Martin’s Bridge in 1907

This will be the third known bridge at the Walnut Street location. The first was an open wooden structure, built in 1867. Architect Adam Oscar Martin designed the second bridge, which opened in October 1907. In those times, it was known as the Branch Bridge. An estimated 2,300 barrels of cement were used to build the 1907 bridge.

Municipal electric regulation bill should be tabled

Early next year, the Pennsylvania state House will take up a proposal that could drastically change how people in 34 municipalities pay for their electric service and taxes. House Bill 1405 is well-intentioned, but it won’t solve the problems it seeks to fix. And it could lead to huge tax increases in several local towns.

These smaller boroughs have owned their electric-service companies for more than a century. The potential local property tax hikes in our area include Perkasie (488 percent), Quakertown (3,906 percent), Lansdale (154 percent), Hatfield (370 percent), Lehighton (184 percent), and Kutztown (400 percent).

perkasiehendrickshouse

Perkasie before modern electric service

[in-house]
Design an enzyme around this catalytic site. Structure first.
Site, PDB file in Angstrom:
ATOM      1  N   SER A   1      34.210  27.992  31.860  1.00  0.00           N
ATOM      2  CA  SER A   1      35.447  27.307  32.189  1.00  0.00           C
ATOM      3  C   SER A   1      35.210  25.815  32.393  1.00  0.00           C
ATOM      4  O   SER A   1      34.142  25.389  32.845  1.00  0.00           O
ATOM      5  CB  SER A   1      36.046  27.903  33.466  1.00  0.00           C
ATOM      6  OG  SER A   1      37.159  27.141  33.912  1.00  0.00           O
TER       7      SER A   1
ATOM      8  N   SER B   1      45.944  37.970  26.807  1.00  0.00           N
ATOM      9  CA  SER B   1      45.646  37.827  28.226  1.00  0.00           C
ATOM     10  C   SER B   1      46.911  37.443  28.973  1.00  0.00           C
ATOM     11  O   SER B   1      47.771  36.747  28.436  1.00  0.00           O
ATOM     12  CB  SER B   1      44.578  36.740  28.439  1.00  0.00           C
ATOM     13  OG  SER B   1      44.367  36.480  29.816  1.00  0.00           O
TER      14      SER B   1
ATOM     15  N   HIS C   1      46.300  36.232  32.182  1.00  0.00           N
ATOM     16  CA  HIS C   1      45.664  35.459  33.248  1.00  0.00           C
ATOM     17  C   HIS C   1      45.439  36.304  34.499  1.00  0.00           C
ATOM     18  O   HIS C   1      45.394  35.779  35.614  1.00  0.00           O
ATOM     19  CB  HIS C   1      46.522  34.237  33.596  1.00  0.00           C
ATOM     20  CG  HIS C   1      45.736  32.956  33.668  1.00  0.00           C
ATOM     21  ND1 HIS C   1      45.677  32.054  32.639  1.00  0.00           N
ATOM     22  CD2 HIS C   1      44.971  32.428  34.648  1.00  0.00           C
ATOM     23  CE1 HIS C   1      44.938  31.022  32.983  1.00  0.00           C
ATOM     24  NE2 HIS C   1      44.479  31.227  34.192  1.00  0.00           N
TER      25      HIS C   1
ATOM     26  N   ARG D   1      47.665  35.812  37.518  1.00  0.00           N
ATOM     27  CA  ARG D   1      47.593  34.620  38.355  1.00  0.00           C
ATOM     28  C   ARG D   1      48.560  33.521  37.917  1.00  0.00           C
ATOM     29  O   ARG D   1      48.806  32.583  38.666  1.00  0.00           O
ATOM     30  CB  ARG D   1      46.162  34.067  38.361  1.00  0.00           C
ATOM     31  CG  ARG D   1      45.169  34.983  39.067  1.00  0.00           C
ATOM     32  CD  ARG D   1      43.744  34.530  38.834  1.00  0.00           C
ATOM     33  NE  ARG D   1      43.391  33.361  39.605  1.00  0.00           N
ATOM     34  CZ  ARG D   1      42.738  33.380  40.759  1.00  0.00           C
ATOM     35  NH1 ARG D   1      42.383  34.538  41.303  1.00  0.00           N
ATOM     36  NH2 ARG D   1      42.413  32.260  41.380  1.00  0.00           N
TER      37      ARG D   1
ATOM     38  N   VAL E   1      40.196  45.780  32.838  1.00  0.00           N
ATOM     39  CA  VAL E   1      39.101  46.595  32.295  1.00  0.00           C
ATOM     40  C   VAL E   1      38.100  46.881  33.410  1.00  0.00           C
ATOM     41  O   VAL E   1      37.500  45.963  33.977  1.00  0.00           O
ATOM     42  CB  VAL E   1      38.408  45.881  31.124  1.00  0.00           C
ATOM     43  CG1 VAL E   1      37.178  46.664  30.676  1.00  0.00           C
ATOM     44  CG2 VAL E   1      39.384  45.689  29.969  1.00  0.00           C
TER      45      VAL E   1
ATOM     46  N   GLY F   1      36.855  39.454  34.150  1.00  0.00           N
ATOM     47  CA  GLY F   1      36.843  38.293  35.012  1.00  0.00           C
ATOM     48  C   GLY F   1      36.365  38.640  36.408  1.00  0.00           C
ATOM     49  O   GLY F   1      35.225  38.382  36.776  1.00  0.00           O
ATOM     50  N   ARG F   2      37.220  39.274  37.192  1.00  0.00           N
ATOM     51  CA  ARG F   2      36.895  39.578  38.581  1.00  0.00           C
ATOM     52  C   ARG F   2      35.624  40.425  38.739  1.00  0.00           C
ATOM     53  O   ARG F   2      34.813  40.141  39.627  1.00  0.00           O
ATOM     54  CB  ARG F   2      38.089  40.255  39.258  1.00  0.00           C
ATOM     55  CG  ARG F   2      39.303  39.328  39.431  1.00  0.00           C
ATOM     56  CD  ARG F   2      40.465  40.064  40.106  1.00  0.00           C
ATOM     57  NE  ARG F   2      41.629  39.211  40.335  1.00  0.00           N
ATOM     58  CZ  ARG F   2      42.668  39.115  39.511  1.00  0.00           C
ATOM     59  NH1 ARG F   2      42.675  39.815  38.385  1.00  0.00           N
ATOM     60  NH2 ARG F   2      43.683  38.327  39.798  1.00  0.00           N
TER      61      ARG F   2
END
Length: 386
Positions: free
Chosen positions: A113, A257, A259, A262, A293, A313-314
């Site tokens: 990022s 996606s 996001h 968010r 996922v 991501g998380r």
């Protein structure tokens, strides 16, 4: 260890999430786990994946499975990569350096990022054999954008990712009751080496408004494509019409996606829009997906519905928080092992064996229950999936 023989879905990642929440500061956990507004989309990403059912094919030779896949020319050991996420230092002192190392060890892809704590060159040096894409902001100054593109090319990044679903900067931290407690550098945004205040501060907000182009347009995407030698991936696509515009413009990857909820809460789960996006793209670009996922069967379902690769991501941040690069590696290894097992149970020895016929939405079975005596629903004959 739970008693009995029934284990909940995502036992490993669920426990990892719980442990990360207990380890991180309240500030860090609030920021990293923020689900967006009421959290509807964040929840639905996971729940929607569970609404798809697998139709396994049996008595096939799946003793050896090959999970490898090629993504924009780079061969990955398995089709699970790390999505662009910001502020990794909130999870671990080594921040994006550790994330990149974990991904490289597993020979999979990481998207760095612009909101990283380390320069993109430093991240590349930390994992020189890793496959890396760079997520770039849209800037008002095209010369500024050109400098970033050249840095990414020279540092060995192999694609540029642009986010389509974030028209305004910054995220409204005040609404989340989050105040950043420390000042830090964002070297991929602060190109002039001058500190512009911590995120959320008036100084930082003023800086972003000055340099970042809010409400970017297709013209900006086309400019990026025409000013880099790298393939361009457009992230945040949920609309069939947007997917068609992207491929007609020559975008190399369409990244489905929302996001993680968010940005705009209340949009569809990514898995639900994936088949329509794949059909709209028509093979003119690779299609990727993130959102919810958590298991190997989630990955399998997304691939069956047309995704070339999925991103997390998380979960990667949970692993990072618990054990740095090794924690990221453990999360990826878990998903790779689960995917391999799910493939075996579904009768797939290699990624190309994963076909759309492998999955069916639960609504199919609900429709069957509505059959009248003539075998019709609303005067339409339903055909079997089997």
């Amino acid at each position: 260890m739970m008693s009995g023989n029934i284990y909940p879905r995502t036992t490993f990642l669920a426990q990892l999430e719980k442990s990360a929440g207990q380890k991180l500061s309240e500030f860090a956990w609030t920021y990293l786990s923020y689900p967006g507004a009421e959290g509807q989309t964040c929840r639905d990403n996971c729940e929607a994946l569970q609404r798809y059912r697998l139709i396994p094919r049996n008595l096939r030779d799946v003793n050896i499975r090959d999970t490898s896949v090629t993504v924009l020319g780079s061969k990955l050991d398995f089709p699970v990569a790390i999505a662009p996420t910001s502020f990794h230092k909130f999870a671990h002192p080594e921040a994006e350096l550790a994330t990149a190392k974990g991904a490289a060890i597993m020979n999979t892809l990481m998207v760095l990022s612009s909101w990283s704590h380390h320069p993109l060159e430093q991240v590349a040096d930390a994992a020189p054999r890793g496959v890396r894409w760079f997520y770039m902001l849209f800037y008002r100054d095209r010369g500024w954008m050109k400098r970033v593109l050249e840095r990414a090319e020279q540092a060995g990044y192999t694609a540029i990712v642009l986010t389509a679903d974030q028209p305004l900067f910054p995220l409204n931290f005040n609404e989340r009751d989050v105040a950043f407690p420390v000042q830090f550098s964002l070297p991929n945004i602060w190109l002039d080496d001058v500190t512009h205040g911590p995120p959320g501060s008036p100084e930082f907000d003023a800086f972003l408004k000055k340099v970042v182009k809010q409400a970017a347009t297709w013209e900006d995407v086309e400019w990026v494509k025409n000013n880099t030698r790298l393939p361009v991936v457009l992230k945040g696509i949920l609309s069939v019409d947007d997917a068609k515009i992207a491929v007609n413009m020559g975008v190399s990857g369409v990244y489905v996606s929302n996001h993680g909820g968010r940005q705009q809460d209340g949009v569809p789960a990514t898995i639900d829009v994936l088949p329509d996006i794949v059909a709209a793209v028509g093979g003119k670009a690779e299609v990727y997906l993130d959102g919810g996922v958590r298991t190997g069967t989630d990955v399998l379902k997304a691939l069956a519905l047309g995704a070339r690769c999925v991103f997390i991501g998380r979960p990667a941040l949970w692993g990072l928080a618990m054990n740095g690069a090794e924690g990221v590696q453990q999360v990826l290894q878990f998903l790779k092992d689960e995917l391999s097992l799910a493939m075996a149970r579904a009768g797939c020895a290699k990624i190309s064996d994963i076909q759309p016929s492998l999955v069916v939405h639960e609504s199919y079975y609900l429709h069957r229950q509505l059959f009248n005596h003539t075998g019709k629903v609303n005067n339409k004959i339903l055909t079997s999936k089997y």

House Bill 1405 blocks funds collected from electric ratepayers in these boroughs from being used for expenses other than distributing electric to customers. It also forces a regulation system similar to the Pennsylvania Public Utility Commission on these boroughs, to be paid for by local taxpayers.

If needed, State police should also take up Perkasie’s unsolved murder

Note: This is the editoral I wrote for the Bucks County Herald in October.

On Sunday, Perkasie Borough police asked for help solving a 58-year-old murder mystery. I had requested this late this summer as a Perkasie council member, after stumbling on the case while researching another topic.

krteschmarcaseOur police have shown due diligence in considering this matter and should be commended. I also hope two other key investigators in the original case, the Pennsylvania State police and Bucks County detectives, will take part if needed in the probe.

Keep district court in Perkasie

newsherald

Late last month, Bucks County President Judge Jeffrey Finley filed paperwork to dissolve the district court located in Perkasie during the middle of a primary election to select new judge candidates. The wisdom of that decision is debatable, but the importance of having a town judge in Perkasie isn’t.

In Pennsylvania, judges are elected to office and not appointed on their merits. That’s not unusual, since 39 states hold some election to select judges. This isn’t a bad thing. Our district judges always run for re-election in a partisan election, which makes them accountable to the local community.